A Dream of Gary Radnich
A few years ago, local Bay Area Affiliate KRON-4's late news team was assaulted by a fire drill that sounded like something out of War of the Worlds. Screeching and tenacious, the alarm reduced anchors Pam Moore and Tom Sinkovitz to nervous laughter and apologies.
Fortunately for them, one Gary Radnich sat to their right. It was time for his segment, The World According to Gary, and he wasn't about to let some noise disruption get in his way.
"The building could be burning down, but I have a story to tell." joked Radnich, looking relaxed as ever. He was unfazed by the disruption and barreled on through the broadcast, covering the alarm in real time as if it were a sporting event. For Gary, it was just another night in the studio, and an incident that serves as a fitting reveal into the secret of his longevity.
But lest we over-analyze - delving too deeply into the psyche of veteran San Jose sports broadcaster Gary Radnich is missing the point. Now entering his 21st year in sportscasting with local AM affiliate KNBR, Radnich has been inducted into the Bay Area Radio Hall of Fame. He's been named best sportscaster more than once. Radio Ink named him the fifth best sportscaster in the country. He also enjoys popular success on local news, where he offers up prosaic and compelling commentary on both sports and local color.
Those of us who grew up watching channel four news know who Gary is. His cherubic, jokester visage was a constant even thirty years ago. On am radio, Radnich has effectively grasped the sports mantle from since-ousted local sports jabbers like Ralph Barbieri and Ron Owens. He has also earned his fair share of detraction and praise from fellow critics and sports fans for his freewheeling, off the cuff style.
There isn't very much to say about Gary Radnich's life and legacy that hasn't already been covered. He's already been commemorated and run through the muck in local sports and broadcasting circles again and again, and yet he moves on, like a Kentucky Derby thoroughbred. So why the interest? Why Gary? Make no mistake: I'm not here to run a standard bio on Radnich. It's been done to death. He's a local celebrity with his fair share of press. And as you well know, I'm not a huge sports fan.
First, no broadcaster's ascent is ever as miraculous as his longevity, and for Radnich to have weathered the media storm over the last thirty years is a miraculous thing. Gary's kept it about the game. He has remained almost supernaturally steadfast, constant and unflappable through otherwise crippling and profound disruptions in broadcasting and media, and in the business of sports itself.
What's the secret to Gary's success? He's either a trailblazing maverick or the Soupy Sales of sportscasting, depending on who you ask. He's brash, but he pairs every jab with a wink, something that has earned him grudging admiration. He's not a sports partisan. Unlike many tenacious broadcasters, he discourages the toxic emotion and blind idol worship that runs deep among most sports fans.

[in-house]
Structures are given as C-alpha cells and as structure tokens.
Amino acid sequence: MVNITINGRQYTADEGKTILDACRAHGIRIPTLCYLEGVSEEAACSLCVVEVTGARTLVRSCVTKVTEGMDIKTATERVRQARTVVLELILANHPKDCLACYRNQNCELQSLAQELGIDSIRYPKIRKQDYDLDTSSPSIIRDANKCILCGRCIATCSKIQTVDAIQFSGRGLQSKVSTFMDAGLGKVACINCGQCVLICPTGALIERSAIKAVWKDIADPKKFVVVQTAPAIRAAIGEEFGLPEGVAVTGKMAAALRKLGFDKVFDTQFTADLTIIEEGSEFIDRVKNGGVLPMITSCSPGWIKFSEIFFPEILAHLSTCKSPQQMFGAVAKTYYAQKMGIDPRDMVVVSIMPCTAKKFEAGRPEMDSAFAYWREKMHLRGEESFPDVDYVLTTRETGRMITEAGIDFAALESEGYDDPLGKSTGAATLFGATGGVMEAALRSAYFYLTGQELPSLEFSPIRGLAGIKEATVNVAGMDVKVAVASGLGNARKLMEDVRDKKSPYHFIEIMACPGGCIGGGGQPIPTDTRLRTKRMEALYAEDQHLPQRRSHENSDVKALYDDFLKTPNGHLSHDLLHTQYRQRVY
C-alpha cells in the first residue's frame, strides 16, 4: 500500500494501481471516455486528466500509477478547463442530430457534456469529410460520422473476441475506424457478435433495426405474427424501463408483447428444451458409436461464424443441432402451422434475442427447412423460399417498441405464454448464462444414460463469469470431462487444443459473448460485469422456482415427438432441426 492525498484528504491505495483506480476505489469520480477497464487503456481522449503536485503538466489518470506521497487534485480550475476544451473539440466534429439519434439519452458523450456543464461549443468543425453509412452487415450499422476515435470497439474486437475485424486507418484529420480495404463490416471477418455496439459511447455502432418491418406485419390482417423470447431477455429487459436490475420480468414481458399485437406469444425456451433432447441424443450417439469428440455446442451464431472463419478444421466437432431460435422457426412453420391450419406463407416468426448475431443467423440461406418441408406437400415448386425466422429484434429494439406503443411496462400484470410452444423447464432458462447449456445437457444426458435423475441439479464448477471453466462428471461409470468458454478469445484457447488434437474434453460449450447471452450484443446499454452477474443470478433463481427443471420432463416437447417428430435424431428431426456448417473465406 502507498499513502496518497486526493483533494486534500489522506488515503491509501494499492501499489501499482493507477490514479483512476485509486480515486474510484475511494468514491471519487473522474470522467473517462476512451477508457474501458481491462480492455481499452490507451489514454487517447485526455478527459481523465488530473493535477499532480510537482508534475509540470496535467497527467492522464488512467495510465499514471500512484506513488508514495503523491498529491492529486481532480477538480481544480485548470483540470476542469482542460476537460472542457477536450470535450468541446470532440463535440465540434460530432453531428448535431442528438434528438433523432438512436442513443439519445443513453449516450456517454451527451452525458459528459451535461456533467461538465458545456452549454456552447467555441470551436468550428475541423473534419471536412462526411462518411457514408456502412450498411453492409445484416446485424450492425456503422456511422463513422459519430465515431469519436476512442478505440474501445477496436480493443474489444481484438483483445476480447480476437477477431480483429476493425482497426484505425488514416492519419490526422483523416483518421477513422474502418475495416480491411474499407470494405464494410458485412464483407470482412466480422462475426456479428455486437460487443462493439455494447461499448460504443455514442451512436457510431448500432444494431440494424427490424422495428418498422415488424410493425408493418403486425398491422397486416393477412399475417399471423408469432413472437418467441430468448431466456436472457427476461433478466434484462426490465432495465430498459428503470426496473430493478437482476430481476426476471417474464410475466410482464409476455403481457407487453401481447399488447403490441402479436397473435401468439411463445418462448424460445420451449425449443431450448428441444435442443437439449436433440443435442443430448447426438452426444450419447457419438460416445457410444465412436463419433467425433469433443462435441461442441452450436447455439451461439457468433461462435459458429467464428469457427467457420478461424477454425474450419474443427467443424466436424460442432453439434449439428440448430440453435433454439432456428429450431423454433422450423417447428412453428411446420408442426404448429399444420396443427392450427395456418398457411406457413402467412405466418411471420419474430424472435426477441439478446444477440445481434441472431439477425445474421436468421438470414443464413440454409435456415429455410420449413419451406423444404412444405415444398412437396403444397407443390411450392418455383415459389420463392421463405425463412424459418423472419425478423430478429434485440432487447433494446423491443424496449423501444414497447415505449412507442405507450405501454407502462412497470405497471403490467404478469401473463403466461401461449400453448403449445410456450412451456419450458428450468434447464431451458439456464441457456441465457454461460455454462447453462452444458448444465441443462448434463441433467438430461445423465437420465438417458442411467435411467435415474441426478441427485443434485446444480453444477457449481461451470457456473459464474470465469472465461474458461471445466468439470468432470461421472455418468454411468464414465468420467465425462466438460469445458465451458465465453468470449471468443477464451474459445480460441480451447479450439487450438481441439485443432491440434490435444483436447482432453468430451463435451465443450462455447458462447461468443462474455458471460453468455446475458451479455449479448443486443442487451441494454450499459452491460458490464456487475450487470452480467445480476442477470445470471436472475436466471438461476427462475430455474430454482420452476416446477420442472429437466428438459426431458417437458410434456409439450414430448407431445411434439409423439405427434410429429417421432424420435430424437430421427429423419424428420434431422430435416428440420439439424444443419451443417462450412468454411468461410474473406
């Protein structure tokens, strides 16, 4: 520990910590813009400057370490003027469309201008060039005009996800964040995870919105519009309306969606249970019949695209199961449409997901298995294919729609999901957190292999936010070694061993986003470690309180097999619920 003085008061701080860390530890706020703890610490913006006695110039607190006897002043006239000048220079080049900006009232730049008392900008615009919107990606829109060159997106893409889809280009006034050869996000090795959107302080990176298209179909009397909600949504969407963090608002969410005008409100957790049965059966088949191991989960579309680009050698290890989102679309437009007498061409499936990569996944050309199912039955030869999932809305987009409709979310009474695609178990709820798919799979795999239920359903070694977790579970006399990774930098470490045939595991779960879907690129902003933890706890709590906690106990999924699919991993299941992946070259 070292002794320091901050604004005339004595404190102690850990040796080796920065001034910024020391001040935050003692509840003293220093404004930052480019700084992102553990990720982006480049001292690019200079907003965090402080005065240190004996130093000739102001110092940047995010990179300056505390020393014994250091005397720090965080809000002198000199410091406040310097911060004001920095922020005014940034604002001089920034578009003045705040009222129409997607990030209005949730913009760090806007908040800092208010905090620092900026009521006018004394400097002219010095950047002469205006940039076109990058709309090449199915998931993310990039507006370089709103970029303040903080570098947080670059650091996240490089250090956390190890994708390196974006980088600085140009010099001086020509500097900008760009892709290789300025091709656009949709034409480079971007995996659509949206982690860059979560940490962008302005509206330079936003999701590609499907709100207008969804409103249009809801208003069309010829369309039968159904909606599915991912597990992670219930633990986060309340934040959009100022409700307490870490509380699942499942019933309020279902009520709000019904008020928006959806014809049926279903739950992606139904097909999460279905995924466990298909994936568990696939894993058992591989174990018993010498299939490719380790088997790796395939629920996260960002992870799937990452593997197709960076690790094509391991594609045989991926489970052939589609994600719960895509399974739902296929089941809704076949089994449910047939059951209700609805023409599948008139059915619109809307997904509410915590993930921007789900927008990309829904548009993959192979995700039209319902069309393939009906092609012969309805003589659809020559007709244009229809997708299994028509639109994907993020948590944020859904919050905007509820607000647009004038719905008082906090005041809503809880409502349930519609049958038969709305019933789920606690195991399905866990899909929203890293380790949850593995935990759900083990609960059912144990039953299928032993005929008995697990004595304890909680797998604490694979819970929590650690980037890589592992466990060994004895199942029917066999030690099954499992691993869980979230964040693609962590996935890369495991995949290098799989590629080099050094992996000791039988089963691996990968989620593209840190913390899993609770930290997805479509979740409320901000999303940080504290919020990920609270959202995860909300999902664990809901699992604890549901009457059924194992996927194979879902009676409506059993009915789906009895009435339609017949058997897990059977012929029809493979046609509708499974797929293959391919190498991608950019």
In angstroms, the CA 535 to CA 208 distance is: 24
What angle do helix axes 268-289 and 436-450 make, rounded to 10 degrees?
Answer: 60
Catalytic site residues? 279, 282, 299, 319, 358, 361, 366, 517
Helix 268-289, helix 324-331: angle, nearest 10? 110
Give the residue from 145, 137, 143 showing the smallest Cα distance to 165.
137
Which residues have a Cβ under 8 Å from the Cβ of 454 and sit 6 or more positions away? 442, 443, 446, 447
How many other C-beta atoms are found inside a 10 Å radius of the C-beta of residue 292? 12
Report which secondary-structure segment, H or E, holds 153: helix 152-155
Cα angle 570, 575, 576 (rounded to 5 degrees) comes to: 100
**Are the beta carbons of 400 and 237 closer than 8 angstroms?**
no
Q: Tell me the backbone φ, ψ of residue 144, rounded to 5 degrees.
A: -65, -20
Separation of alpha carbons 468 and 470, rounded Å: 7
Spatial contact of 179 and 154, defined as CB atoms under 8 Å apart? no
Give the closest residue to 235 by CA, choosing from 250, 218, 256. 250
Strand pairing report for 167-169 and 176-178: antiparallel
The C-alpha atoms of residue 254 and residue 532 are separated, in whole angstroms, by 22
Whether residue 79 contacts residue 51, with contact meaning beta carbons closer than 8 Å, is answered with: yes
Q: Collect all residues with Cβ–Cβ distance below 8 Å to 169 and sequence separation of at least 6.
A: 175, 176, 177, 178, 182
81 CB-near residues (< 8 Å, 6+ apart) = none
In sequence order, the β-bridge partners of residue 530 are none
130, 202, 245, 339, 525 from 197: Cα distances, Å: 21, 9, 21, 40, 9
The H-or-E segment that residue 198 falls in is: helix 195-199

Radnich is, despite how he might want to be perceived, a court jester of local sports. He hams it up in public with fans, employing self effacing, blustery charm with everyone he meets. Like the court jesters of old, his only allegiance is to his craft. He cuts stars and icons down to size with harsh truths while joking at his own expense. It's a one two punch of misdirection that never keeps Radnich in hot water for very long.
Though Radnich's bread and butter is sports, he became lodged in my consciousness after a bizarre dream I had about him well over ten years ago.
In this dream, I wandered, lost, through Tuscany, a verdant expanse of low foothills and slanted vineyards on the eastern coast of Italy. I wandered there in the Summertime, like some sun addled extra from Stealing Beauty or A Walk in the Clouds, when I came across a cart and horse stopped on a path. The side of the cart was flipped up, and in it, jars of various sizes and colors stood on shelves, waiting to be procured.
A gypsy sat on the top of the carriage, proudly clutching the reigns in each hand. It was Gary Radnich.
Gary wore a hoop necklace in one ear and spoke in a native Italiano. I couldn't understand him at first, but as with most dreams, the language shifted and soon, he was good ole Radnich, sportscasting from his carriage. He was perfectly at home there, a native son of Tuscany consigned to his boyhood haunts, subsisting on various elixirs. He'd long since retired, and wandered the sun sheathed pathways and vine covered Tuscan trellises like an errant gypsy.
The image of Gary Radnich, jocular sports man, local broadcaster and all around man's man, astride a carriage in the noblest corners of the Italian countryside was a sight I won't soon forget. Never mind that it was a dream. Never mind how ridiculous it is. When I see the man, I see a kindly, avuncular, exotic figure, one living out his dreams of old Europe in an old cart. This is the Radnich I still see, despite daily evidence to the contrary. I know he's on KNBR from 9 am to Noon, gossiping about the latest trade or team scandal, but I can't help but think that if he ever retires, he might consider a villa somewhere and tend to the oldest, most resilient vines in all of Tuscany.